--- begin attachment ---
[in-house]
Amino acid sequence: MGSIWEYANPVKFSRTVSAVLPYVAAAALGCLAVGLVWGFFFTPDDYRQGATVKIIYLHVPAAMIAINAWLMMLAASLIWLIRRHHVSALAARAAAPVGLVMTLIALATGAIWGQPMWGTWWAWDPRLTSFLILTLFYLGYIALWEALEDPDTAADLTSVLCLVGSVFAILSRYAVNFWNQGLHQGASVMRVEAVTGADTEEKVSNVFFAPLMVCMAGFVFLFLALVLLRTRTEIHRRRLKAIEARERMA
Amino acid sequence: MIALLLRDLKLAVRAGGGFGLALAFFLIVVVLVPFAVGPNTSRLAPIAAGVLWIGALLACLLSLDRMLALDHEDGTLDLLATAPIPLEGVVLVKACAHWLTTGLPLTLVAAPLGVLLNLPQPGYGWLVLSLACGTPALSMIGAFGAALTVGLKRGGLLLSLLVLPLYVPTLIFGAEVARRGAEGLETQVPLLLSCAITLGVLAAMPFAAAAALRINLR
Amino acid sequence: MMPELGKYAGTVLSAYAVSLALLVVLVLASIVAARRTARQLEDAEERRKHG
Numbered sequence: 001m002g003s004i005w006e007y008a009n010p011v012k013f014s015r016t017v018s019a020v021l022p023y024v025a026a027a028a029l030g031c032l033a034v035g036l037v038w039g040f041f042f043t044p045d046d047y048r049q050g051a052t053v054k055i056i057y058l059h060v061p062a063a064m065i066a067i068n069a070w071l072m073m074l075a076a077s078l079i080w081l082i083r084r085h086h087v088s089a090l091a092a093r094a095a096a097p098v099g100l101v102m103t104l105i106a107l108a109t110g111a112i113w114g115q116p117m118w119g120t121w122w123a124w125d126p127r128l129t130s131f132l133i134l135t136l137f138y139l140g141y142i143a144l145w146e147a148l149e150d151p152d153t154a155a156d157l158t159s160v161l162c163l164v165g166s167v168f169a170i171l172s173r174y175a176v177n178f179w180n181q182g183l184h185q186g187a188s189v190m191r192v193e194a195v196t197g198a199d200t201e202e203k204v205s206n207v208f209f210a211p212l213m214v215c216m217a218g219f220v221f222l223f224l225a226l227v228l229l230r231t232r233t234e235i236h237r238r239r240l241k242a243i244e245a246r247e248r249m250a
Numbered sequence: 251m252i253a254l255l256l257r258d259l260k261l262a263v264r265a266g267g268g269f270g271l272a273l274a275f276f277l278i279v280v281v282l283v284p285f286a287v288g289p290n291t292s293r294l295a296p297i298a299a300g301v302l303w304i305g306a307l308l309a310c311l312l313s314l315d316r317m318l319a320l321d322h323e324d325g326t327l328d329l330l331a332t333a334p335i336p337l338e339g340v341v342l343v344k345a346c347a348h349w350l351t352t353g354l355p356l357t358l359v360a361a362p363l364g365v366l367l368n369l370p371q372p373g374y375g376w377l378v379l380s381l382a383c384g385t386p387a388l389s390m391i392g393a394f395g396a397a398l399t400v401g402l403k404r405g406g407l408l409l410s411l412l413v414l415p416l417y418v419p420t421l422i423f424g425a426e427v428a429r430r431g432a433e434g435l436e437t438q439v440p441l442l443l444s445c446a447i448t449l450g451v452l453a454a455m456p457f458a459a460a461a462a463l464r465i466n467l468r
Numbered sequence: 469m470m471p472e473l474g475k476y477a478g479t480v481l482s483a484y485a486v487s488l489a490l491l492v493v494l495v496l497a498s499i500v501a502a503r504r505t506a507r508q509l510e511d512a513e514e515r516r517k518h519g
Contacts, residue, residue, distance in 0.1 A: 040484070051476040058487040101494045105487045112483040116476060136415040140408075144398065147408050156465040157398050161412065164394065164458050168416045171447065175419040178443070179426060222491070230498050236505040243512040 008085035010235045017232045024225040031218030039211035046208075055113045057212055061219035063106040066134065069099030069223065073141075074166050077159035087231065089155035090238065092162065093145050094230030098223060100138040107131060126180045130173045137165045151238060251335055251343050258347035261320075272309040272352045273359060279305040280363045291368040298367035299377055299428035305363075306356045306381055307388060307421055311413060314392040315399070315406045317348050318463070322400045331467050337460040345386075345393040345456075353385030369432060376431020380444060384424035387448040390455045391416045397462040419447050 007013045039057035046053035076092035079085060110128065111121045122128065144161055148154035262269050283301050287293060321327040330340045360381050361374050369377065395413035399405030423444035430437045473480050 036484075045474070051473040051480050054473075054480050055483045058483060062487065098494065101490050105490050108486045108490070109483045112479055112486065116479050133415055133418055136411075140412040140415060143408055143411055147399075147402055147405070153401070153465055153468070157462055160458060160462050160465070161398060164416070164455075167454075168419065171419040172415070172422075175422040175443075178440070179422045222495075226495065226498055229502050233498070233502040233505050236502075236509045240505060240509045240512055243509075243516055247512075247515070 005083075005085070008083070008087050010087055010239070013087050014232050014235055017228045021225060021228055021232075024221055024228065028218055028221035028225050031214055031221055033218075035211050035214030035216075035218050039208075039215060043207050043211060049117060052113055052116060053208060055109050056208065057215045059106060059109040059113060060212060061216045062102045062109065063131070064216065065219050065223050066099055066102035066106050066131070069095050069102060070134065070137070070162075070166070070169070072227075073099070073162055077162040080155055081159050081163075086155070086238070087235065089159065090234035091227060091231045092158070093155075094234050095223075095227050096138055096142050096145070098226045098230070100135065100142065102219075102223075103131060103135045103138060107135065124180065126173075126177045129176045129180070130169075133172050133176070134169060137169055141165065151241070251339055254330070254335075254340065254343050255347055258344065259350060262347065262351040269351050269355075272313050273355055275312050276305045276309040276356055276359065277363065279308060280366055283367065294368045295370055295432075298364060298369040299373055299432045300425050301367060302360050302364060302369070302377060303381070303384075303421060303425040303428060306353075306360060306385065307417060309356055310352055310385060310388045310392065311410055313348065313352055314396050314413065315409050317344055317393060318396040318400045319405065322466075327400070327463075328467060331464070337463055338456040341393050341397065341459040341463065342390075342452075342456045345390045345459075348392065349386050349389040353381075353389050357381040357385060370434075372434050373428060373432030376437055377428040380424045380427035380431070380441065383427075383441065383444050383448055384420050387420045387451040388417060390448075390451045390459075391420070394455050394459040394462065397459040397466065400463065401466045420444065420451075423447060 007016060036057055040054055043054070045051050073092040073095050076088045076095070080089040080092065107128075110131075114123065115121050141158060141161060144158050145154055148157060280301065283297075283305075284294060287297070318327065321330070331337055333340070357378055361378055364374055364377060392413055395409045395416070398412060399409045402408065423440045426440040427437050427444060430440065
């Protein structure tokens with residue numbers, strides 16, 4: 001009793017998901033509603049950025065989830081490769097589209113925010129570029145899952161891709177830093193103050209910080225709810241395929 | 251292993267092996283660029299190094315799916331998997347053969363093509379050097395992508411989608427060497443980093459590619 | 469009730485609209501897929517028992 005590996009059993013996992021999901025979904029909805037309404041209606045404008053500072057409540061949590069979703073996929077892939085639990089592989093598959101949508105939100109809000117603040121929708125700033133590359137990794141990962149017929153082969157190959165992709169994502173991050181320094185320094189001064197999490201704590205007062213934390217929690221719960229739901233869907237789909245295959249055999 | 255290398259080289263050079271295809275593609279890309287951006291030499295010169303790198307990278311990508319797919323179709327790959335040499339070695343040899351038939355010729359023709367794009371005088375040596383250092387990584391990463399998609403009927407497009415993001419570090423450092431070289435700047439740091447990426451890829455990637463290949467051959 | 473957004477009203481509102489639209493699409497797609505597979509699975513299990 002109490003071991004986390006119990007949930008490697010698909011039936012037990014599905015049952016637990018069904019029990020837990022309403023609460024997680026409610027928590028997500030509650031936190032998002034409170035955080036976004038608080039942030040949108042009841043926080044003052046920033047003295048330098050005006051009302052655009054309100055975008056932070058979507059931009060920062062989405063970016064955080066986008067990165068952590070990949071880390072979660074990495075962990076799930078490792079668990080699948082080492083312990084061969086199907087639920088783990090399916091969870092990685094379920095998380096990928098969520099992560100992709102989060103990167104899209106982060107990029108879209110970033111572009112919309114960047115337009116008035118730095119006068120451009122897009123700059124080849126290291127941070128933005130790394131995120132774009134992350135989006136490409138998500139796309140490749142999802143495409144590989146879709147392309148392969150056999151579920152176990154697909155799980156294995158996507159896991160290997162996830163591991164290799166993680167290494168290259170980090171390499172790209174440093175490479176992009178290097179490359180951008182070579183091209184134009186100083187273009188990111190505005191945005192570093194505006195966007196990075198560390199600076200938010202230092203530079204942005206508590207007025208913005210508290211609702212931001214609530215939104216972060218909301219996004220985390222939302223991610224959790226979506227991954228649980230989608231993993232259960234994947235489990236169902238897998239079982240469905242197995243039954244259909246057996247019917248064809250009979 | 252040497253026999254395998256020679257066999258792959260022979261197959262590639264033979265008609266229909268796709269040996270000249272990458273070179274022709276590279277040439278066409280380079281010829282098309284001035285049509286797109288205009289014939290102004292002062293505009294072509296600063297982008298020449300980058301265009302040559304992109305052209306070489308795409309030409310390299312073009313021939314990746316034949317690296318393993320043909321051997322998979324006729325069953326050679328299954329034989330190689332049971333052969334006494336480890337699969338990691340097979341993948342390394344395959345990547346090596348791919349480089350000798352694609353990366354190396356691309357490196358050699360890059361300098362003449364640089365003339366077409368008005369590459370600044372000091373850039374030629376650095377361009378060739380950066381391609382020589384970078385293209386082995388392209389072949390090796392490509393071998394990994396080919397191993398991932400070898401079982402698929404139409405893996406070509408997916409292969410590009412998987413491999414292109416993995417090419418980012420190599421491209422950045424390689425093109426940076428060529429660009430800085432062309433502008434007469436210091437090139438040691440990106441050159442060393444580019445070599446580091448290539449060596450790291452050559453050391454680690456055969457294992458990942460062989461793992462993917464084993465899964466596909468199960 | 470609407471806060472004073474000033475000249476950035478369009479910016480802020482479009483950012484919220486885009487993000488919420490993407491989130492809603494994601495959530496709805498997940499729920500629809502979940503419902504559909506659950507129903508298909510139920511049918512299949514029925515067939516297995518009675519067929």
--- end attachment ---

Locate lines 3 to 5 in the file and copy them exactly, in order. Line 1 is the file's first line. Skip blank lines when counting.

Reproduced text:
Amino acid sequence: MIALLLRDLKLAVRAGGGFGLALAFFLIVVVLVPFAVGPNTSRLAPIAAGVLWIGALLACLLSLDRMLALDHEDGTLDLLATAPIPLEGVVLVKACAHWLTTGLPLTLVAAPLGVLLNLPQPGYGWLVLSLACGTPALSMIGAFGAALTVGLKRGGLLLSLLVLPLYVPTLIFGAEVARRGAEGLETQVPLLLSCAITLGVLAAMPFAAAAALRINLR
Amino acid sequence: MMPELGKYAGTVLSAYAVSLALLVVLVLASIVAARRTARQLEDAEERRKHG
Numbered sequence: 001m002g003s004i005w006e007y008a009n010p011v012k013f014s015r016t017v018s019a020v021l022p023y024v025a026a027a028a029l030g031c032l033a034v035g036l037v038w039g040f041f042f043t044p045d046d047y048r049q050g051a052t053v054k055i056i057y058l059h060v061p062a063a064m065i066a067i068n069a070w071l072m073m074l075a076a077s078l079i080w081l082i083r084r085h086h087v088s089a090l091a092a093r094a095a096a097p098v099g100l101v102m103t104l105i106a107l108a109t110g111a112i113w114g115q116p117m118w119g120t121w122w123a124w125d126p127r128l129t130s131f132l133i134l135t136l137f138y139l140g141y142i143a144l145w146e147a148l149e150d151p152d153t154a155a156d157l158t159s160v161l162c163l164v165g166s167v168f169a170i171l172s173r174y175a176v177n178f179w180n181q182g183l184h185q186g187a188s189v190m191r192v193e194a195v196t197g198a199d200t201e202e203k204v205s206n207v208f209f210a211p212l213m214v215c216m217a218g219f220v221f222l223f224l225a226l227v228l229l230r231t232r233t234e235i236h237r238r239r240l241k242a243i244e245a246r247e248r249m250a